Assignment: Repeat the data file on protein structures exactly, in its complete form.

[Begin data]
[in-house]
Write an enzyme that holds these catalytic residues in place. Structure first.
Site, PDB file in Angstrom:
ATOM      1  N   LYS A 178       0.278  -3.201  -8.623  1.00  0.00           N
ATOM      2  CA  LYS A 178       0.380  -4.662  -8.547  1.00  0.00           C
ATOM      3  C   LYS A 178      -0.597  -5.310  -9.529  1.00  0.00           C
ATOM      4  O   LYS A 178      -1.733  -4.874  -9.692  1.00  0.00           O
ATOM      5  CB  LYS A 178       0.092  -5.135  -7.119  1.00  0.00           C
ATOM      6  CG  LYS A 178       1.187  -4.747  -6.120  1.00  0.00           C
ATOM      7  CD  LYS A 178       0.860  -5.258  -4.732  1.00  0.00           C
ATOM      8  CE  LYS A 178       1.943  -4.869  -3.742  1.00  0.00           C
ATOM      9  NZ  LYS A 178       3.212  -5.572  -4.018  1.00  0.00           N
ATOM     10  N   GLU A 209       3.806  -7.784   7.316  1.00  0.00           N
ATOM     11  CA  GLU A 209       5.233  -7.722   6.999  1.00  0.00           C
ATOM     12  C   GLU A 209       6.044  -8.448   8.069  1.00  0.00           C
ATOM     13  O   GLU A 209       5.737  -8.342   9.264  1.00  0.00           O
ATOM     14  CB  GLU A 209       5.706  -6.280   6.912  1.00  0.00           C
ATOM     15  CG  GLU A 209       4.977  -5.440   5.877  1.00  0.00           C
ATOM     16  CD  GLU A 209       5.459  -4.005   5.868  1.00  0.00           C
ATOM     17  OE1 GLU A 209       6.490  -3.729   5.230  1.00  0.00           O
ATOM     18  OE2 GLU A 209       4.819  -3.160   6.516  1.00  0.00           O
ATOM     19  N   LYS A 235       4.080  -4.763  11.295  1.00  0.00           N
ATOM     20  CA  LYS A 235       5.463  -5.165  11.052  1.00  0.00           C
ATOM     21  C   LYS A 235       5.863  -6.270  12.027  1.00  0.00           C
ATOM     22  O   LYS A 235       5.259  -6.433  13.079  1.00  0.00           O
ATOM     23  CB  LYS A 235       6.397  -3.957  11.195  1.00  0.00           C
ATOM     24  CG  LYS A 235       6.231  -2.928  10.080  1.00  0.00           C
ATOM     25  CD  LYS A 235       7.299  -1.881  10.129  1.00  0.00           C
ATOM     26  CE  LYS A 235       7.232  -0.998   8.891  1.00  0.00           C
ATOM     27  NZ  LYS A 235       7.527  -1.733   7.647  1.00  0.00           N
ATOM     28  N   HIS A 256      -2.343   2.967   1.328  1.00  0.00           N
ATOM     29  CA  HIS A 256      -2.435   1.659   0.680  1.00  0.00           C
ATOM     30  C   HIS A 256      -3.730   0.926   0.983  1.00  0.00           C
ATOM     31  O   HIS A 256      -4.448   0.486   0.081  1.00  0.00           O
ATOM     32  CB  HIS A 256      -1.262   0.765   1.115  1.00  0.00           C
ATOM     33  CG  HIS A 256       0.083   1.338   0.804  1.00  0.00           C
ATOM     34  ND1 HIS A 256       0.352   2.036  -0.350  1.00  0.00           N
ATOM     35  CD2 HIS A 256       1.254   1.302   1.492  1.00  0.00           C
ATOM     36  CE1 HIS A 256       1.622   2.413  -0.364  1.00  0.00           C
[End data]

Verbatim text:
[in-house]
Write an enzyme that holds these catalytic residues in place. Structure first.
Site, PDB file in Angstrom:
ATOM      1  N   LYS A 178       0.278  -3.201  -8.623  1.00  0.00           N
ATOM      2  CA  LYS A 178       0.380  -4.662  -8.547  1.00  0.00           C
ATOM      3  C   LYS A 178      -0.597  -5.310  -9.529  1.00  0.00           C
ATOM      4  O   LYS A 178      -1.733  -4.874  -9.692  1.00  0.00           O
ATOM      5  CB  LYS A 178       0.092  -5.135  -7.119  1.00  0.00           C
ATOM      6  CG  LYS A 178       1.187  -4.747  -6.120  1.00  0.00           C
ATOM      7  CD  LYS A 178       0.860  -5.258  -4.732  1.00  0.00           C
ATOM      8  CE  LYS A 178       1.943  -4.869  -3.742  1.00  0.00           C
ATOM      9  NZ  LYS A 178       3.212  -5.572  -4.018  1.00  0.00           N
ATOM     10  N   GLU A 209       3.806  -7.784   7.316  1.00  0.00           N
ATOM     11  CA  GLU A 209       5.233  -7.722   6.999  1.00  0.00           C
ATOM     12  C   GLU A 209       6.044  -8.448   8.069  1.00  0.00           C
ATOM     13  O   GLU A 209       5.737  -8.342   9.264  1.00  0.00           O
ATOM     14  CB  GLU A 209       5.706  -6.280   6.912  1.00  0.00           C
ATOM     15  CG  GLU A 209       4.977  -5.440   5.877  1.00  0.00           C
ATOM     16  CD  GLU A 209       5.459  -4.005   5.868  1.00  0.00           C
ATOM     17  OE1 GLU A 209       6.490  -3.729   5.230  1.00  0.00           O
ATOM     18  OE2 GLU A 209       4.819  -3.160   6.516  1.00  0.00           O
ATOM     19  N   LYS A 235       4.080  -4.763  11.295  1.00  0.00           N
ATOM     20  CA  LYS A 235       5.463  -5.165  11.052  1.00  0.00           C
ATOM     21  C   LYS A 235       5.863  -6.270  12.027  1.00  0.00           C
ATOM     22  O   LYS A 235       5.259  -6.433  13.079  1.00  0.00           O
ATOM     23  CB  LYS A 235       6.397  -3.957  11.195  1.00  0.00           C
ATOM     24  CG  LYS A 235       6.231  -2.928  10.080  1.00  0.00           C
ATOM     25  CD  LYS A 235       7.299  -1.881  10.129  1.00  0.00           C
ATOM     26  CE  LYS A 235       7.232  -0.998   8.891  1.00  0.00           C
ATOM     27  NZ  LYS A 235       7.527  -1.733   7.647  1.00  0.00           N
ATOM     28  N   HIS A 256      -2.343   2.967   1.328  1.00  0.00           N
ATOM     29  CA  HIS A 256      -2.435   1.659   0.680  1.00  0.00           C
ATOM     30  C   HIS A 256      -3.730   0.926   0.983  1.00  0.00           C
ATOM     31  O   HIS A 256      -4.448   0.486   0.081  1.00  0.00           O
ATOM     32  CB  HIS A 256      -1.262   0.765   1.115  1.00  0.00           C
ATOM     33  CG  HIS A 256       0.083   1.338   0.804  1.00  0.00           C
ATOM     34  ND1 HIS A 256       0.352   2.036  -0.350  1.00  0.00           N
ATOM     35  CD2 HIS A 256       1.254   1.302   1.492  1.00  0.00           C
ATOM     36  CE1 HIS A 256       1.622   2.413  -0.364  1.00  0.00           C